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Op-Ed - Rebuilding Main Street, Through Small Business And Banks


Location: Unknown

All across America small businesses and small banks are being asked to pay for the mistakes of speculators and gamblers on Wall Street. People we represent in Colorado, Wisconsin and Florida believe that's not fair: Responsible parties should clean up their own mess and pay for their own mistakes. After all, small businesses and small banks on Main Street did not cause the recent economic meltdown; speculators in big financial institutions on Wall Street did.

Small businesses need our help now, for they are the real economic engines of our economy. They generate over 50% of our nation's annual gross domestic product and are responsible for nearly two-thirds of all new jobs. We've heard time and again from our small businesses at home that they need access to credit to stock inventory, hire workers and weather the storm so they can innovate and grow and drive our economy forward. But they are at a logjam with small banks, who can't and aren't extending the credit they need.

Federal Reserve Chairman Ben Bernanke recently acknowledged that banks need to lend to small businesses. "Lenders should do all they can to meet the needs of credit-worthy borrowers," he said. "Doing so is good for the borrower, good for the lender and good for our economy."

However, to fix banks facing a tough economy, the Federal Reserve, U.S. Treasury and other banking regulators have only been pursuing three options: 1) force banks to raise new capital; 2) force banks to call in loans and stop lending to credit-worthy small businesses; or 3) force the bank to close altogether. This approach has not been working well on Main Street, where credit remains frozen and jobs are hard to come by.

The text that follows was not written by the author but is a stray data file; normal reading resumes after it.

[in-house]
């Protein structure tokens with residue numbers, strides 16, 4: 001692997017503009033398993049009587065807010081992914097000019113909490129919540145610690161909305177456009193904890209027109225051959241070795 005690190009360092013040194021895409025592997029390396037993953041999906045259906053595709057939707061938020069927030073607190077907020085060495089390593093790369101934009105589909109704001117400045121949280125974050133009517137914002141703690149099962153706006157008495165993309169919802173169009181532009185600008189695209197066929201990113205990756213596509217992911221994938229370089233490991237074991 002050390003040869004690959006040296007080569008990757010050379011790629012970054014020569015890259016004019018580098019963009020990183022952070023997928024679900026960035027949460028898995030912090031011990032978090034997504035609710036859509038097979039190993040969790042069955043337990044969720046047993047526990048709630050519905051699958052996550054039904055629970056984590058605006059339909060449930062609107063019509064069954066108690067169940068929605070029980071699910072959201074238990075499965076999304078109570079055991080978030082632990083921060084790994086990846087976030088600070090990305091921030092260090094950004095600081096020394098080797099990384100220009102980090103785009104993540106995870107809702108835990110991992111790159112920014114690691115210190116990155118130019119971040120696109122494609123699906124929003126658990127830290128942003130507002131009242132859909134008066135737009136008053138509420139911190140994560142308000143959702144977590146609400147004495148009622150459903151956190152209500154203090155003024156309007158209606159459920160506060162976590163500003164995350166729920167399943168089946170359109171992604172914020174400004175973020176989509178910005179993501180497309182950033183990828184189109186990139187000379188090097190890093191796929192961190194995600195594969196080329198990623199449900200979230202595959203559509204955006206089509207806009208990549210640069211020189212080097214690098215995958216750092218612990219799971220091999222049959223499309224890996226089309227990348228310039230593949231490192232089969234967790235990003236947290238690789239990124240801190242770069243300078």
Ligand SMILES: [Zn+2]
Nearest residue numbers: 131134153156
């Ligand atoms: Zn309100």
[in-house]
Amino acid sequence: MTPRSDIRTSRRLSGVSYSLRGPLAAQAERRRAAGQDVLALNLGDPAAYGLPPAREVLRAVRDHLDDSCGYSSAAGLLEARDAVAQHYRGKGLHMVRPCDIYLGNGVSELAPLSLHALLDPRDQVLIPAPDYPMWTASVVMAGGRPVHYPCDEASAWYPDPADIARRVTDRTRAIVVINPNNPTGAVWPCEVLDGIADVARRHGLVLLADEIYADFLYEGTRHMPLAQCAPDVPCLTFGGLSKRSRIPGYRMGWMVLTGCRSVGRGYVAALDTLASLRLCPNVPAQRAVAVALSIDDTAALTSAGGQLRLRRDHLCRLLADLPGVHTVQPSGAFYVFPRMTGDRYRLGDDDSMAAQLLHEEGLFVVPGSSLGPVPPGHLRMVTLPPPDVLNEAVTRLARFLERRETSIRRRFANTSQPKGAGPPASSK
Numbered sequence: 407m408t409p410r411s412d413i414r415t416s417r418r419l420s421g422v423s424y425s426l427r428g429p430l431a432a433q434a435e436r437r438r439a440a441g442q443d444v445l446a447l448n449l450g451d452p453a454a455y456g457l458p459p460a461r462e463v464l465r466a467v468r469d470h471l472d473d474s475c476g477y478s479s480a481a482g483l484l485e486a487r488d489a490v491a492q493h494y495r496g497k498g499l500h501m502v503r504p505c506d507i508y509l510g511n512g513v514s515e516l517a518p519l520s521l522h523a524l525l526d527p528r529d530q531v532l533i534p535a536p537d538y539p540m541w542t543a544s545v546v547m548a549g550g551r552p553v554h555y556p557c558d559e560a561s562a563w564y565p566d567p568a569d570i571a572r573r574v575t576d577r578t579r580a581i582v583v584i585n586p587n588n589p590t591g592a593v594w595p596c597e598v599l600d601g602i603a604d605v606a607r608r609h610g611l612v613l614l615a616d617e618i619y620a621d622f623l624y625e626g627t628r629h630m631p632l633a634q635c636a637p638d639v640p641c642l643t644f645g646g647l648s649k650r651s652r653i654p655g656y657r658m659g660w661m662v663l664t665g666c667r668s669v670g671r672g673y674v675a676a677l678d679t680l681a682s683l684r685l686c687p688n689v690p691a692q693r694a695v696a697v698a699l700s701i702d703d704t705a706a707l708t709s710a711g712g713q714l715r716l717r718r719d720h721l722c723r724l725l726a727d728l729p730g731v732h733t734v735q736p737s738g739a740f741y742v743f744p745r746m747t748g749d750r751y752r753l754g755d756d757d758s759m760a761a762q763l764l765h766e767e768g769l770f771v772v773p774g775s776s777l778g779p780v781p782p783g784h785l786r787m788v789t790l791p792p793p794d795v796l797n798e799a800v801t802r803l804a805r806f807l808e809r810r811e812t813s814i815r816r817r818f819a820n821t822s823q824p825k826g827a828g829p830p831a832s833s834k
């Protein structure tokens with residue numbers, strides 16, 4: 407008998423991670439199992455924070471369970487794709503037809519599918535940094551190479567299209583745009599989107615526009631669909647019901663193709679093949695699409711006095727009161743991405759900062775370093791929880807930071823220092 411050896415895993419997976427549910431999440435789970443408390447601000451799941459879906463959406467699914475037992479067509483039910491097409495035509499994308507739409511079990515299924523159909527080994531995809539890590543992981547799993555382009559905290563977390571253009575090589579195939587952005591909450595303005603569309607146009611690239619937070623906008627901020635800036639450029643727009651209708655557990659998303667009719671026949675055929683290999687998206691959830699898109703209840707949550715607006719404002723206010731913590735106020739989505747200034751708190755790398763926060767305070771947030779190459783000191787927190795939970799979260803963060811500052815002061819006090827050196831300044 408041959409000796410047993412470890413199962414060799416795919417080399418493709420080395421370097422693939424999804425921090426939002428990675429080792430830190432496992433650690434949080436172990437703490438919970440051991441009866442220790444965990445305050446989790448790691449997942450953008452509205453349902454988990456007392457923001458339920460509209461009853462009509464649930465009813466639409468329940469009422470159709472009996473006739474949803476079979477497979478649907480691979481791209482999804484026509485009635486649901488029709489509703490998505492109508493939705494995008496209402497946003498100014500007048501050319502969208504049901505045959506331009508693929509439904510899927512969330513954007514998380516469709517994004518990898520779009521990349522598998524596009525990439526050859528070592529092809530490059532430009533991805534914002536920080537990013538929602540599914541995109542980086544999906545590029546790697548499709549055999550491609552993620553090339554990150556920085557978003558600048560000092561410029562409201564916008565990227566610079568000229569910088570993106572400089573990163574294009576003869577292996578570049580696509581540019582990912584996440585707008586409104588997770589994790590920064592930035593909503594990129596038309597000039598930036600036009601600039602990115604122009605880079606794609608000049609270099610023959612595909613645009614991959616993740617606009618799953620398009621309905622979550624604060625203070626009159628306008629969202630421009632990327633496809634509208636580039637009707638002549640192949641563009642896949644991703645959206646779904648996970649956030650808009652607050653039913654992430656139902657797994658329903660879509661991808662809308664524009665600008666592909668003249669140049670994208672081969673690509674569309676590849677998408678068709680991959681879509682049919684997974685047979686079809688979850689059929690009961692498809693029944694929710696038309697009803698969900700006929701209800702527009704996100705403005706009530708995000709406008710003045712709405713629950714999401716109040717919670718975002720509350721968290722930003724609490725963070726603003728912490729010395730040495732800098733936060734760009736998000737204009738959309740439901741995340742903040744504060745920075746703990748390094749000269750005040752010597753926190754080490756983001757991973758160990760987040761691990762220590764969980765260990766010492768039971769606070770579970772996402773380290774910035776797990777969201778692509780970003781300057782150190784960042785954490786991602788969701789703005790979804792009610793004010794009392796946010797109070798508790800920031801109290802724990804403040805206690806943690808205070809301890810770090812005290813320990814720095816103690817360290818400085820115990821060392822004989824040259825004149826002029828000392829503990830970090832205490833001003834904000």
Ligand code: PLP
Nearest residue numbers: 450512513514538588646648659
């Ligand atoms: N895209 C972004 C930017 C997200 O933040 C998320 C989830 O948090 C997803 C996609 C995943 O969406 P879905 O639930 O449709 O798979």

And so, during these unusual economic conditions, we believe there is a better way forward, a fourth option to get credit moving to small businesses: Allow small banks to amortize, or spread, potential real estate losses over time, giving small banks and the small businesses they serve a foundation to build upon and opportunity to work out their challenges over time--not instantaneously. This option was successful during the farm loan crisis in the 1980s, as was a similar program using "net worth certificates," which, according to Former FDIC Chairman William Isaac, saved the FDIC millions of losses during the 1980s.

The House recently passed the Small Business Lending Act, which included our plan. However, during the passage of our amendment in the House of Representatives, Bernanke, Treasury Secretary Tim Geithner and others raised their concerns that allowing small banks to spread potential real estate losses over time might decrease transparency, and that it might cause small banks to take on more risky investments. We respectfully disagree. Our plan guarantees complete transparency of all accounting transactions by banks and continues to empower federal regulators to provide effective bank oversight.

Our plan allows critical capital levels and prudent regulation to be maintained and for credit to be granted to qualified borrowers. It provides some time for a bank to manage problem loans vs. the current practice of harsh, immediate write-downs that will sink many banks and the businesses that depend on them when both can be saved.

We have confidence in the Main Street entrepreneurs, small businesses and the small banks that serve them, and we also have confidence in the regulators' ability to continue to do their jobs effectively, providing the necessary oversight to keep banks honest.

Small-business owners and small banks on Main Street are not looking for a handout; they are not asking for a bailout or a free deal. They are asking for a fair deal, to be able to compete and work out their difficulties over time, difficulties caused by irresponsible Wall Street speculators.

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